With the combined effect of the mind-set of Othello, Iago, and Desdemona, the problems are just beginning. With the cunning of Iago and with the willingness to trust that Othello’s earlier culture dictated, the problems begin. The woman that Desdemona personified was the ideal mate of that time period. Her morals and ideals of trust, loyalty, and support aided in the downfall of Othello. This molded woman held so closely to her beliefs that Iago was able to bend her to shape to fit the orb of Othello’s odd culture. This leads to Iago’s statement “Men should be what they seem;” (Shakespeare, p.1154). These three characters are not what they seem for they are all dictated by society. Iago can be viewed as the evil tempter of society, while Othello can be viewed as the easily persuaded of society. Desdemona represents the selfless, uninfluenced of society. Othello’s easily swayed opinion destroys Desdemona. On the other side, in Death of a Salesman, Willy’s problems begin with his preoccupation with the American Dream. This dream of success is instilled by society and can be very blinding and persuading. Hayman stated that “. . . the family is being used as a microcosm of a success-oriented materialistic society.” (C.N.). The society that Willy Loman lives in is a society based on how much an individual can own and how well the individual is known. There is no realistic root in this dream, but it is appealing. The Lomans are subjected to this idea through Willy and the preoccupation with the American Dream creates many problems in the Loman household.
“Chaos is come again.” (Shakespeare, p. 1153). This quote spoken by Othello clearly states the coming events. The climax of Othello is, mainly, the point when Desdemona drops the handkerchief that Othello once gave her. Othello’s isolationism brings him to the point of insanity, by society’s terms. His isolationism is a result of his differences in thinking than the thinking of the masses. On the other hand, Willy’s inability to see reality also makes him seem insane to others. Biff’s comment “The man don’t know who we are . . . We never told the truth for ten minutes in this house!” shows that Willy’s dreaming could never allow him to accept the reality dictated by society. (Miller, p. 131). Biff finally realized that the American Dream was something that happened by chance to very few people and no longer allowed that idea in his head. Willy could not accept this after his whole life has been in search for this dream.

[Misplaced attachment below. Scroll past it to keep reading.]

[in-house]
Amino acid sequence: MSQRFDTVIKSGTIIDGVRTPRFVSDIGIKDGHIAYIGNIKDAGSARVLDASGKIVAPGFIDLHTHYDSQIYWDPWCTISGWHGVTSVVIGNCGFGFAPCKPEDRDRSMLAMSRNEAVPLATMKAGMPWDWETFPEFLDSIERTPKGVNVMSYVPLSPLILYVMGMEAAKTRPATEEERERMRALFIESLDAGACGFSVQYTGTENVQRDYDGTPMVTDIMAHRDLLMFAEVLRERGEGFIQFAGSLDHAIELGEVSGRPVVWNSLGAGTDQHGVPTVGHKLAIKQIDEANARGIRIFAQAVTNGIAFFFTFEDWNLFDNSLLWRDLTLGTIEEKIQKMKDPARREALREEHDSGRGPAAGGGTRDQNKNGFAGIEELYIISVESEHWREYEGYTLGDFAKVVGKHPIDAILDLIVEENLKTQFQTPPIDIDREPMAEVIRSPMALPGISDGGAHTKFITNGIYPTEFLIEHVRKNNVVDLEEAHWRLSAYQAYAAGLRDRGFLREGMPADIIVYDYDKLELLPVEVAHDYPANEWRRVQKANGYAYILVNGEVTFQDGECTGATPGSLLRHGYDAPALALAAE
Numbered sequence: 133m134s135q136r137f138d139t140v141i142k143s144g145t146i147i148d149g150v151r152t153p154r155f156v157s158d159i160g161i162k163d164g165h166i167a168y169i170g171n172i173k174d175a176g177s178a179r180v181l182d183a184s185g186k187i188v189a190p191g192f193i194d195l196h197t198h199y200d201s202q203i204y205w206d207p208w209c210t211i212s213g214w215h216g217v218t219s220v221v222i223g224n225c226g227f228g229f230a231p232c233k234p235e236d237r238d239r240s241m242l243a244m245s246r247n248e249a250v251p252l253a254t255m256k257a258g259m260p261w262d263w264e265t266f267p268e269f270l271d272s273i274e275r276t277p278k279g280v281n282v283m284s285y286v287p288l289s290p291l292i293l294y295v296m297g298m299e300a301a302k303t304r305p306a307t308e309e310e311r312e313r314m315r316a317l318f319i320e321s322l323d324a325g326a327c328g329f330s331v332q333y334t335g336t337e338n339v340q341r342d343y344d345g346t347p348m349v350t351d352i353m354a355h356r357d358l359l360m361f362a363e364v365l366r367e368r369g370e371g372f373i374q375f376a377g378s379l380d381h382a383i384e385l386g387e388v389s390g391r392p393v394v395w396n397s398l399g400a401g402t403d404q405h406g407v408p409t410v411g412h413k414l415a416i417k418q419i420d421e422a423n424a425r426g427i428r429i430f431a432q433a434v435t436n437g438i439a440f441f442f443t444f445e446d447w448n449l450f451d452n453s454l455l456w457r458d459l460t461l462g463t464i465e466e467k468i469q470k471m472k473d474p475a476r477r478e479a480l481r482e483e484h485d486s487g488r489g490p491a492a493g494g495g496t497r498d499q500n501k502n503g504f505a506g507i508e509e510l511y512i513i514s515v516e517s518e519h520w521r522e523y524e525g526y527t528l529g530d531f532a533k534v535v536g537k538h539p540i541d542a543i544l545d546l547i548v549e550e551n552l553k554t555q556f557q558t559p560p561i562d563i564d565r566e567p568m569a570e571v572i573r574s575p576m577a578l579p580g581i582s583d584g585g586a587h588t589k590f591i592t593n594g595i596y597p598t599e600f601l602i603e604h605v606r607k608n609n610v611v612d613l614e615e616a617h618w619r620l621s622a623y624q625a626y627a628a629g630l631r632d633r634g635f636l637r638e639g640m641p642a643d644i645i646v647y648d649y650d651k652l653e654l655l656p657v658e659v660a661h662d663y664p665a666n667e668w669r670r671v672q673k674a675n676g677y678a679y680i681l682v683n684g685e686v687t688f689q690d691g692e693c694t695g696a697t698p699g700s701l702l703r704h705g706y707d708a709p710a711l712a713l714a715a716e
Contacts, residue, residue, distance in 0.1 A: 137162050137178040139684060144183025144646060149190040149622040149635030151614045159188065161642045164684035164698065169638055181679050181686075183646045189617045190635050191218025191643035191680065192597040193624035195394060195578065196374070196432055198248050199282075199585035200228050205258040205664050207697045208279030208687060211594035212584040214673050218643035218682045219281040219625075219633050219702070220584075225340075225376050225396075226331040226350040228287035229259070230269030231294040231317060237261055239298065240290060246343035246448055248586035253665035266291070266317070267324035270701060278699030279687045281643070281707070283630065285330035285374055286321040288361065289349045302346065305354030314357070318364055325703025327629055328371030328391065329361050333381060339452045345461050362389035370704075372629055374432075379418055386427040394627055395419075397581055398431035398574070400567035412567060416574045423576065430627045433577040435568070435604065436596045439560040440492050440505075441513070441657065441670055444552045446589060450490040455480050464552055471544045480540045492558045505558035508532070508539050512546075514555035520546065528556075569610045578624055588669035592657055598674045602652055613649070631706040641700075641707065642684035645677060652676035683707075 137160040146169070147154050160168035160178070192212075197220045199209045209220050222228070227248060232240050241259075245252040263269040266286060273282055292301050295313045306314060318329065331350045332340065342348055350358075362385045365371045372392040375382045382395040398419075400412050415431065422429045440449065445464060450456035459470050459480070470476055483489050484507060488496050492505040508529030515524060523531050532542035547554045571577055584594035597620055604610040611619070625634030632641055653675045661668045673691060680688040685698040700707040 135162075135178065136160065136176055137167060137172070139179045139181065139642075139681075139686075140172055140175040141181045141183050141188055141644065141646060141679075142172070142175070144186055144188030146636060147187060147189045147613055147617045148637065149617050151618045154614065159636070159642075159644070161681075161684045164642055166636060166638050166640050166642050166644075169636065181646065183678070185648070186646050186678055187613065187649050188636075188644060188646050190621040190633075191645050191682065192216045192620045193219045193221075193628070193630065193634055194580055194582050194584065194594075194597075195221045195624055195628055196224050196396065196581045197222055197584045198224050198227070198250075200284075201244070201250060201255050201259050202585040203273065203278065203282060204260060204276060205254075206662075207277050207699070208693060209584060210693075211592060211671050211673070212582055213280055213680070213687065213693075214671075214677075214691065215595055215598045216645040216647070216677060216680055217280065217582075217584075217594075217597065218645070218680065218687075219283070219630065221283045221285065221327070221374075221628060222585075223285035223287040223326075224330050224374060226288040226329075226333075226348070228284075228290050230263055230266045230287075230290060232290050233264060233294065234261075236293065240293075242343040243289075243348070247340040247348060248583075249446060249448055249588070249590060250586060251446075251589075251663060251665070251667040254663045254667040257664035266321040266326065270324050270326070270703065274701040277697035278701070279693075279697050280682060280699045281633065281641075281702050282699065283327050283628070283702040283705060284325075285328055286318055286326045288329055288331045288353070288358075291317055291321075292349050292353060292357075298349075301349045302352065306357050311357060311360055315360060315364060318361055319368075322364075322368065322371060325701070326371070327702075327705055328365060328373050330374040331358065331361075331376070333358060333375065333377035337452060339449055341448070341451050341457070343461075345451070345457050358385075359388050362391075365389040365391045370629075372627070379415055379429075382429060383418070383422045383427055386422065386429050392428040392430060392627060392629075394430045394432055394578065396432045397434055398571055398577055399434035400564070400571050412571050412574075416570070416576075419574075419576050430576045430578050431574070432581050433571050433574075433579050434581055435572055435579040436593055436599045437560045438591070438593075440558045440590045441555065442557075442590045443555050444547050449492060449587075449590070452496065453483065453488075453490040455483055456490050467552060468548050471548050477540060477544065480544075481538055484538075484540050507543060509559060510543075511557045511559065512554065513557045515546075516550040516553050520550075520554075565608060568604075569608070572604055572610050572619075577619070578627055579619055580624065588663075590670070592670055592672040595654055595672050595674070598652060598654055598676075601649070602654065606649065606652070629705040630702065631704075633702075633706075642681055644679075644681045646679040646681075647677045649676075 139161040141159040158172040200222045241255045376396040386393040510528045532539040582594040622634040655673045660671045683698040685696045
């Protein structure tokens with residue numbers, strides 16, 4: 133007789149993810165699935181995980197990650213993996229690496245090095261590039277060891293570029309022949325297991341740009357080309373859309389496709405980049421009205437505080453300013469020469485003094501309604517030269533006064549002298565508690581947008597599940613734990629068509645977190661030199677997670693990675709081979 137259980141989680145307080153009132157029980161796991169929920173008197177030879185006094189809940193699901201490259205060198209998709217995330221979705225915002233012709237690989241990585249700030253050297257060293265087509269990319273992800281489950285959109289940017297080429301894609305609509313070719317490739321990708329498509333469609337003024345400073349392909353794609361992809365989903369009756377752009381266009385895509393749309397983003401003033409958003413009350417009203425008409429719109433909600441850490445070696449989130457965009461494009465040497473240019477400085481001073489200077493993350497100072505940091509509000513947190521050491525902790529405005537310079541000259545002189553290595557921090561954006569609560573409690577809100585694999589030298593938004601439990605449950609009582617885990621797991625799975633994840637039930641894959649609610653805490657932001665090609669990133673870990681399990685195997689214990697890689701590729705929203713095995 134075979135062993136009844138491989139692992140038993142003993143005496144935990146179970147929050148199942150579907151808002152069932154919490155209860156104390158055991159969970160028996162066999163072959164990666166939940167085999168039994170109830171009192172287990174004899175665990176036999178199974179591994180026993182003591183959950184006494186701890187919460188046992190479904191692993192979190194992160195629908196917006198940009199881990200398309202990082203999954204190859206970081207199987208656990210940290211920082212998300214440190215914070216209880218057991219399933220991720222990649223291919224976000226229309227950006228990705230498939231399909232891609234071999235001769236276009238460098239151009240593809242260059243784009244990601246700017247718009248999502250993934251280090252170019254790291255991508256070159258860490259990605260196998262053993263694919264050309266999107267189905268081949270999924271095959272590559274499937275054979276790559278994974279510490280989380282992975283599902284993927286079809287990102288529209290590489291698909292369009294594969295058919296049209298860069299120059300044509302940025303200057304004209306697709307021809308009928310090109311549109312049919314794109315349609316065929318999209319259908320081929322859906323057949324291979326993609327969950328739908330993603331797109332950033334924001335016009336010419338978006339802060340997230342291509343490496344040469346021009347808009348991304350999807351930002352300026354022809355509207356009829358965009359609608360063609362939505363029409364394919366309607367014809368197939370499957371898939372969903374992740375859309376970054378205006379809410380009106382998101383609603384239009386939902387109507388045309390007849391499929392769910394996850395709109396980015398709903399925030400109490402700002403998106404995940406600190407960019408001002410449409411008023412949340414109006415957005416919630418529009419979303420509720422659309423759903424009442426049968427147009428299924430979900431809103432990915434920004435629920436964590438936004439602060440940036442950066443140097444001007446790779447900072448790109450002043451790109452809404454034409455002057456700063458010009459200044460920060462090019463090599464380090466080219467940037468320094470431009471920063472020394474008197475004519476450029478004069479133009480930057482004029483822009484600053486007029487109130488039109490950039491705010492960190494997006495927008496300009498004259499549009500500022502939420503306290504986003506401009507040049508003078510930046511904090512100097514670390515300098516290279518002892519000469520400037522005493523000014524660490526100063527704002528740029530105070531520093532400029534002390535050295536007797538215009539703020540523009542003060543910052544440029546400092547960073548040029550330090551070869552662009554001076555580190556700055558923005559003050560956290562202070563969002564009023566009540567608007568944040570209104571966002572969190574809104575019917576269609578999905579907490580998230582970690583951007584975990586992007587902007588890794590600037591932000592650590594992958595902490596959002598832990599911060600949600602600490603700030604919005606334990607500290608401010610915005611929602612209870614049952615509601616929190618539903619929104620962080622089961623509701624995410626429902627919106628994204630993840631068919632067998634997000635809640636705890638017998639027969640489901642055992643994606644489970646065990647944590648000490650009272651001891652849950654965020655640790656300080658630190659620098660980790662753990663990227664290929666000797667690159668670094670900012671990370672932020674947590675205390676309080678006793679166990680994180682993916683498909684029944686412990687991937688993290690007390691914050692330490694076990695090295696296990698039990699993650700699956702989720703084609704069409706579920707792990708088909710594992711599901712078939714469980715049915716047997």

The resolution of these two plays falls under the wing of honor. Godfrey supplied the idea that Othello killed Desdemona out of honor. (C.N.). Othello did not want Desdemona hurting more men like himself. This idea of honor, which also led to Othello killing himself, was offered by society and took root in the hearts of man throughout time. This idea of honor also carried over to the time of Willy Loman. Willy believe that if he committed suicide, then he would die for a just cause, namely to bring twenty-two thousand dollars to Biff. Willy said to Ben while in a spell, “He’ll worship me for it.” (Miller, p. 135). This false sense of honor brought this tragedy to an end. But it was not Willy’s fault that he had a sense of honor, it was the idea that society has instilled upon mankind throughout the ages.
The substrata of society that surrounded these many characters brought on tragic consequences. Miller’s idea that people want to gain a rightful position in society is shown throughout both of these plays. (C.N.). Iago’s search for his rightful position brought the downfall of all the characters in Othello. Willy’s attempt to rise above the rest to fulfill the American Dream brought on his downfall and the downfall of his family. The problems that plagued these two plays were a result of society and the small faction of society that surrounded the characters.